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Undergraduate research in SBIO on recycling wooden skateboards

February 2018 - By Mr. Dylan Willard and Dr. Joe Loferski

We have all watched the skateboarders zipping by us on campus and maybe even doing jumps or tricks but most of us have never looked closely at a skateboard and wondered how it is made, what it is made from and how it can be recycled into a new useful item.  

During the fall semester of 2017, sophomore Dylan Willard in the Sustainable Biomaterials Department, did an undergraduate research project investigating the possibilities for recycling skateboards. The skateboards are made from high quality maple plywood that is often dyed with beautiful colors as seen in the photographs. During Dylan’s project, he focused on studying the material properties of used skateboards and successfully made multiple samples of wood panels from recycled skateboards. Areas of study which Dylan focused on included measuring the stiffness (Modulus of Elasticity --MOE), stress at failure (Modulus of Rupture—MOR), moisture content, specific gravity, moisture durability, species identification, and methods of engineering new items from used and broken skateboards. All of his research was done at the Brooks Forest Products Center under the supervision of Dr. Joseph Loferski and Mr. David Jones, SBIO wood shop manager.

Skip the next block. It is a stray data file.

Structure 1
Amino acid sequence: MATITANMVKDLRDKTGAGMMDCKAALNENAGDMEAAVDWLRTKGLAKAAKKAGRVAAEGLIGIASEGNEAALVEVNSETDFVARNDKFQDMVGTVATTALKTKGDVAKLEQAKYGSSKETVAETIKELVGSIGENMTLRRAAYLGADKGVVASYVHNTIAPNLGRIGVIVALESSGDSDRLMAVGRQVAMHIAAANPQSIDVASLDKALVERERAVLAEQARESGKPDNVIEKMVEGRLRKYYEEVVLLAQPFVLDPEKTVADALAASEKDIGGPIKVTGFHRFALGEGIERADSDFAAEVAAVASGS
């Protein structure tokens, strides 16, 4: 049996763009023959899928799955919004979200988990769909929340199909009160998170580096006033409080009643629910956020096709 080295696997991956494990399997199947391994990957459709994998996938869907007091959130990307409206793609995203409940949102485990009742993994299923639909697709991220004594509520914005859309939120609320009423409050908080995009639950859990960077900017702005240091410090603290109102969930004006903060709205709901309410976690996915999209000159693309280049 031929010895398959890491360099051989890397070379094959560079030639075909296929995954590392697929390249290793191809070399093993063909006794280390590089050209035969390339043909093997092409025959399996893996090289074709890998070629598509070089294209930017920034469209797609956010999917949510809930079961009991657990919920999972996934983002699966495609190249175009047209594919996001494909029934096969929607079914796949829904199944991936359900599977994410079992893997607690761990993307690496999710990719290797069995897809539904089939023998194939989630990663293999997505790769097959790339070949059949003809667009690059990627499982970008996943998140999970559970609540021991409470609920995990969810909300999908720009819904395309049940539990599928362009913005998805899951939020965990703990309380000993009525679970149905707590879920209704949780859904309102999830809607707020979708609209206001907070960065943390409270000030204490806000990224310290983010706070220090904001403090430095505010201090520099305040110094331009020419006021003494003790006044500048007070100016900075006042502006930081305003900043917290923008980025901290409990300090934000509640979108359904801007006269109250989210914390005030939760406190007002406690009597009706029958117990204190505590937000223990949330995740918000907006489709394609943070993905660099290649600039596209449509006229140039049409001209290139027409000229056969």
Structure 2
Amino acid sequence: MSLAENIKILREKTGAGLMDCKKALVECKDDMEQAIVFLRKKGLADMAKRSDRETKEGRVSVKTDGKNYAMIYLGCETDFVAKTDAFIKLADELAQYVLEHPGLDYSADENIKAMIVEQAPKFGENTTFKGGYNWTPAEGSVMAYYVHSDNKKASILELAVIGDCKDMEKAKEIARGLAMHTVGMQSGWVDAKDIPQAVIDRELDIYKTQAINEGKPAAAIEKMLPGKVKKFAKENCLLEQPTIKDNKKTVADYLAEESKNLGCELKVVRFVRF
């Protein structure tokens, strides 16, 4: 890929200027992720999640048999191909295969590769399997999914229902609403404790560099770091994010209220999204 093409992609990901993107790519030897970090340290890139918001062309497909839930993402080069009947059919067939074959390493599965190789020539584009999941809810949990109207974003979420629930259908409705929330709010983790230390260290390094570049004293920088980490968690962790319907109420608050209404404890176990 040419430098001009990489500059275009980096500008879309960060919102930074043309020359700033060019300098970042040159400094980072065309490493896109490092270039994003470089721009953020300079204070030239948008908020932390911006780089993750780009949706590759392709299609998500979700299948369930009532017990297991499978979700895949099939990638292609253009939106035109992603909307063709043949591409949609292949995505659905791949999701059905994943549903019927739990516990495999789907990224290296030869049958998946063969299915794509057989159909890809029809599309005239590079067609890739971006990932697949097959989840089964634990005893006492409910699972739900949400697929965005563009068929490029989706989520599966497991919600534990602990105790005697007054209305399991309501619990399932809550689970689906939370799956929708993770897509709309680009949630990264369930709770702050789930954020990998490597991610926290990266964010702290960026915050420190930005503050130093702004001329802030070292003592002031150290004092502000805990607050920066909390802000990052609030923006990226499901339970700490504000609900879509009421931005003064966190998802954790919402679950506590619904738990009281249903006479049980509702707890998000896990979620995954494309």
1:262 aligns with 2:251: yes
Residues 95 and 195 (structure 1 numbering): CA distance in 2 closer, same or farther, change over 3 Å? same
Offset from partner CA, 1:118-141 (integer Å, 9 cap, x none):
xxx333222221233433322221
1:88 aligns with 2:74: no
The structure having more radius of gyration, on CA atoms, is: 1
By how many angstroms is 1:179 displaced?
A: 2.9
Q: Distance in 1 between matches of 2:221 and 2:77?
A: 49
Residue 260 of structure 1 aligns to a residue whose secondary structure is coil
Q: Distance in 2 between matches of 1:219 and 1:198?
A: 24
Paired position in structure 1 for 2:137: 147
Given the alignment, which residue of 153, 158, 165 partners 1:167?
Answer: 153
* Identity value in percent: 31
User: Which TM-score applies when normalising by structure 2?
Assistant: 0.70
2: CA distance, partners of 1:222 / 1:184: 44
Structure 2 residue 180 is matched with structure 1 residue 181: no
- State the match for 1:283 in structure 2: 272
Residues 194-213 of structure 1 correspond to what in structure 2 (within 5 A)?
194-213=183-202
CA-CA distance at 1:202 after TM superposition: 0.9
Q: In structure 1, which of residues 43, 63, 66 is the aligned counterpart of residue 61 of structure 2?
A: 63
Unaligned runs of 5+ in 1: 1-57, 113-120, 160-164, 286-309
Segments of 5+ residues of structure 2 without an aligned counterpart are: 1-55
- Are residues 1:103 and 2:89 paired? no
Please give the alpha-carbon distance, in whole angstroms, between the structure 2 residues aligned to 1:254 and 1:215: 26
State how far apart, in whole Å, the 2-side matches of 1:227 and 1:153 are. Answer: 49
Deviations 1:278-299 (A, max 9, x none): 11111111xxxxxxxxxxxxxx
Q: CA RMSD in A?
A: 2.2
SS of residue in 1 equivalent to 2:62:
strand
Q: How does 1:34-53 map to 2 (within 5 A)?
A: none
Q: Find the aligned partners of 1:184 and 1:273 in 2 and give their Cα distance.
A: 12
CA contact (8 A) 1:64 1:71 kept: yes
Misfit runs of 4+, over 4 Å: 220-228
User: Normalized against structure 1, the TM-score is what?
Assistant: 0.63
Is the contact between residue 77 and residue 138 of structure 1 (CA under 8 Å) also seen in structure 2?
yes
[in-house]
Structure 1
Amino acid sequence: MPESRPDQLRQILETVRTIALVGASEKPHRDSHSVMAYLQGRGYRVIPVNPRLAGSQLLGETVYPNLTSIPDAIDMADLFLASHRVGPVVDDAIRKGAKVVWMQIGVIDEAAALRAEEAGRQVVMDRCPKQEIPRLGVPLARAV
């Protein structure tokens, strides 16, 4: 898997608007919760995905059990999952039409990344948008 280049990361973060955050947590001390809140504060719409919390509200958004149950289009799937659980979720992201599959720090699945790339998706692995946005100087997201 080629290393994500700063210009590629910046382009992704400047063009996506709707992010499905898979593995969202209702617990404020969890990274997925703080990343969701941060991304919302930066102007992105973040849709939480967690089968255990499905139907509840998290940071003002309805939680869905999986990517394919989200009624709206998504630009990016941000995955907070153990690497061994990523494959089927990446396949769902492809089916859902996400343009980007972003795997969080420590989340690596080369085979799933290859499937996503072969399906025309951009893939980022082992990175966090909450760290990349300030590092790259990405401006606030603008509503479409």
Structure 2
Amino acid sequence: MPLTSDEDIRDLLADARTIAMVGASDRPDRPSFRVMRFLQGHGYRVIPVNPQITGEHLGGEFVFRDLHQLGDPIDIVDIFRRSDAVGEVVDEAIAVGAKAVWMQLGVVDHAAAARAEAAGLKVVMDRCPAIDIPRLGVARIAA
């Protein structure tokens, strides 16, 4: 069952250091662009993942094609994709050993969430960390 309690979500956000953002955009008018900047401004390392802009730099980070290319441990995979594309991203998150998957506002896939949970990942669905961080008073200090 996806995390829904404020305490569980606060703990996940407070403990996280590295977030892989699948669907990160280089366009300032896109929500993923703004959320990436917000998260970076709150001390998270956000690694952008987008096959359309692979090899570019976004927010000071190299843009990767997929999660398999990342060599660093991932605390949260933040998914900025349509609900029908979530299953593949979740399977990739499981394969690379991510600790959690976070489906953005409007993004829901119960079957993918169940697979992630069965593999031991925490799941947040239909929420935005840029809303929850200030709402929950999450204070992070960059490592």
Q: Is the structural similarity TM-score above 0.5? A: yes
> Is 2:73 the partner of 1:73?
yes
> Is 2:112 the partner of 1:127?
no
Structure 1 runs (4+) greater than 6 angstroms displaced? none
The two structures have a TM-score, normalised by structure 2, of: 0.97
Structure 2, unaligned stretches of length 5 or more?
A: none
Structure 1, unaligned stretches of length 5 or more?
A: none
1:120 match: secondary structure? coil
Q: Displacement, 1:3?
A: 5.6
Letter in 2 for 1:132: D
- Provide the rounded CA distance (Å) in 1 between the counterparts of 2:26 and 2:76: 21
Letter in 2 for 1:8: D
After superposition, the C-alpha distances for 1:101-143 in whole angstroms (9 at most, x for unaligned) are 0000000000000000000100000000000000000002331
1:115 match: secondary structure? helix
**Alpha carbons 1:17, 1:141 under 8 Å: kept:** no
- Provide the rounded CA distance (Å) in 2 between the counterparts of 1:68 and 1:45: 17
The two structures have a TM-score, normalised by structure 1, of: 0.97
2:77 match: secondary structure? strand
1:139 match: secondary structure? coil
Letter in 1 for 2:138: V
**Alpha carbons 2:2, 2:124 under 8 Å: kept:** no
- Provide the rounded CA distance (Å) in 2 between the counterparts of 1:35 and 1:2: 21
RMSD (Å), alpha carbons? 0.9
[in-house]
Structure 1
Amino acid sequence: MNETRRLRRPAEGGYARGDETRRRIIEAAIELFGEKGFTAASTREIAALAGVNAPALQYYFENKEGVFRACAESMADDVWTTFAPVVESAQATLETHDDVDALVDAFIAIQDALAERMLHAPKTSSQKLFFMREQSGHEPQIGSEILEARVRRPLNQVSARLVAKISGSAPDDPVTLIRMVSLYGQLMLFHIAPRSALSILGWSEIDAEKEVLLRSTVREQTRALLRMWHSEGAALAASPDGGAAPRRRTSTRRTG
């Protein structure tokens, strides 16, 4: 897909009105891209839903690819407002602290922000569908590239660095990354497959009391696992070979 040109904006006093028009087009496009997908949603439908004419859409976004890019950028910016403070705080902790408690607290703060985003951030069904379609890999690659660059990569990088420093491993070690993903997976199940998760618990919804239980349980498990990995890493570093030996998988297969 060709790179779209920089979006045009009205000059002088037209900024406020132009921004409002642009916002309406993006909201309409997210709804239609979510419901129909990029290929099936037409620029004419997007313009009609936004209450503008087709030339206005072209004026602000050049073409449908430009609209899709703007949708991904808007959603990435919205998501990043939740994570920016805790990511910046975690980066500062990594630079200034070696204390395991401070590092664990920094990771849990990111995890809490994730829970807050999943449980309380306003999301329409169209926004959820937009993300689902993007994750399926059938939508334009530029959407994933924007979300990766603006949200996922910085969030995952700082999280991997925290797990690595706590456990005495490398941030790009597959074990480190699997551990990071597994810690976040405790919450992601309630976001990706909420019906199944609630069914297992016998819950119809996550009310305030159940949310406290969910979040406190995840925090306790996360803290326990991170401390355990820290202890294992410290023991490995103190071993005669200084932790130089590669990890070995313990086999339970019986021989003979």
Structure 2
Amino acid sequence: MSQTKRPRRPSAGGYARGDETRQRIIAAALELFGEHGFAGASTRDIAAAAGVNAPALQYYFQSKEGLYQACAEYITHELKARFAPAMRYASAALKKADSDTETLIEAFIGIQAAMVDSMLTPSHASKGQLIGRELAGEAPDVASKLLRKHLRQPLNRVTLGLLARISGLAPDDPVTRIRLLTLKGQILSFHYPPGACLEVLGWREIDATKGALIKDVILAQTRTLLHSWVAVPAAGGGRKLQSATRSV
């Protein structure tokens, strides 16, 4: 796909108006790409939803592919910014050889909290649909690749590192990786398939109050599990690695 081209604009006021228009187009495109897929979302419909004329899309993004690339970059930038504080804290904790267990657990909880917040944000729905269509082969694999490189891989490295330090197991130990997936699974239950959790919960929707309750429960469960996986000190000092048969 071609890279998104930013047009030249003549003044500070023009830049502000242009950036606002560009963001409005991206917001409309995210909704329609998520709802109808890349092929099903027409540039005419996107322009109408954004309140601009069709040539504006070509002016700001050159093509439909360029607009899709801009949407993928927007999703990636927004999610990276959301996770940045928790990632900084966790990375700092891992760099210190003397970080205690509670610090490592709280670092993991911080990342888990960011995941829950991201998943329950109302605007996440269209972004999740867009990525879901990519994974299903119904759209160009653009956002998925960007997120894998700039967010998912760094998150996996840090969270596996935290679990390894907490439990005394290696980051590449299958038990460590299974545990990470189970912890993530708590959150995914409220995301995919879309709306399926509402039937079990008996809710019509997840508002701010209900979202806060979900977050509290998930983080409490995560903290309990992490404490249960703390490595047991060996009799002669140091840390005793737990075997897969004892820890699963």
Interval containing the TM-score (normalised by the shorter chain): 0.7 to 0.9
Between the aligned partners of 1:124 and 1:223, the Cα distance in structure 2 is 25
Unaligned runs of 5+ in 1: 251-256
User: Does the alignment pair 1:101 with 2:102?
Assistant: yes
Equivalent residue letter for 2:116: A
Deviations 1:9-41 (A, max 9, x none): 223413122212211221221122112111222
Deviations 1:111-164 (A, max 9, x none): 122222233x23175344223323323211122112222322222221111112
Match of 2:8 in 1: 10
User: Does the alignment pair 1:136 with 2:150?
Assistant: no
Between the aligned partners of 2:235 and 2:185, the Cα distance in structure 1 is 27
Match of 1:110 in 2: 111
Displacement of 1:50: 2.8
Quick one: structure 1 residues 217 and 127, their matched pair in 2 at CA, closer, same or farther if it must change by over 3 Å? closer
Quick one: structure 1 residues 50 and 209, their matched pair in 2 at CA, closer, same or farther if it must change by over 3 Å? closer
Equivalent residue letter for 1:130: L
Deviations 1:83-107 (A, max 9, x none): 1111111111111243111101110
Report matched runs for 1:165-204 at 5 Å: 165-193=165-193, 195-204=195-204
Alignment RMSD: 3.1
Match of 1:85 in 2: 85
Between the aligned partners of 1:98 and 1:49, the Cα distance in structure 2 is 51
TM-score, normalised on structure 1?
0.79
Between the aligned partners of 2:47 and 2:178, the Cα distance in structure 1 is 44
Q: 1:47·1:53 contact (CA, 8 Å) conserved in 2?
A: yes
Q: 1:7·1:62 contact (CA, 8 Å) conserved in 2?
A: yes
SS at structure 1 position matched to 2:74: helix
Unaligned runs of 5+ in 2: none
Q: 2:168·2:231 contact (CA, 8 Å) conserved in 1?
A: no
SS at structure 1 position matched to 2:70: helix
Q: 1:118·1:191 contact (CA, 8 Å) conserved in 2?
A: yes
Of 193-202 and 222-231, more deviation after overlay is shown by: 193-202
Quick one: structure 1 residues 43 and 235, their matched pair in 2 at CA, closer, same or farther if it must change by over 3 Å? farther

The exact number of skateboards manufactured annually is unknown, but it is estimated to be in the millions. For example, PS Sticks, a skateboard manufacturing company which produces skateboard decks for brands such as Element, FA, Welcome, Quasi, and Toy Machine, has been found to produce on average 300,000 skateboards a year. For serious skaters who do tricks and jumps, skateboards only last a few months before they break or deteriorate beyond use. The wheels or “trucks” are salvaged and installed on a new board but millions of used skateboard decks are discarded annually, ending up in landfills when, instead, they could be recycled. But beyond artistic or aesthetic purposes, a practical structural application has not been discovered for recycling skateboards.

Dylan, now 19 years old, has been skateboarding since the age of 14. After breaking his first skateboard and being forced to buy another, Dylan decided to keep the original broken deck. As time went on and he had been through multiple skateboards, Dylan inevitably decided to keep them all. After 5 years of skateboarding, Dylan decided it was finally time to put all of his old skateboards to use and wanted to use them in a practical fashion. After consulting with Dr. Loferski, they formulated a research project to investigate the material properties of skateboards for use as a sustainable recyclable material.

Currently, Dylan is preparing a manuscript to submit his findings to a technical journal, hoping to spark ideas in others who may also pursue this area of study. Dylan is optimistic about his next years at Virginia Tech to continue his research on the possibilities of recycling skateboards and is also looking into conducting research in different fields within his department. 

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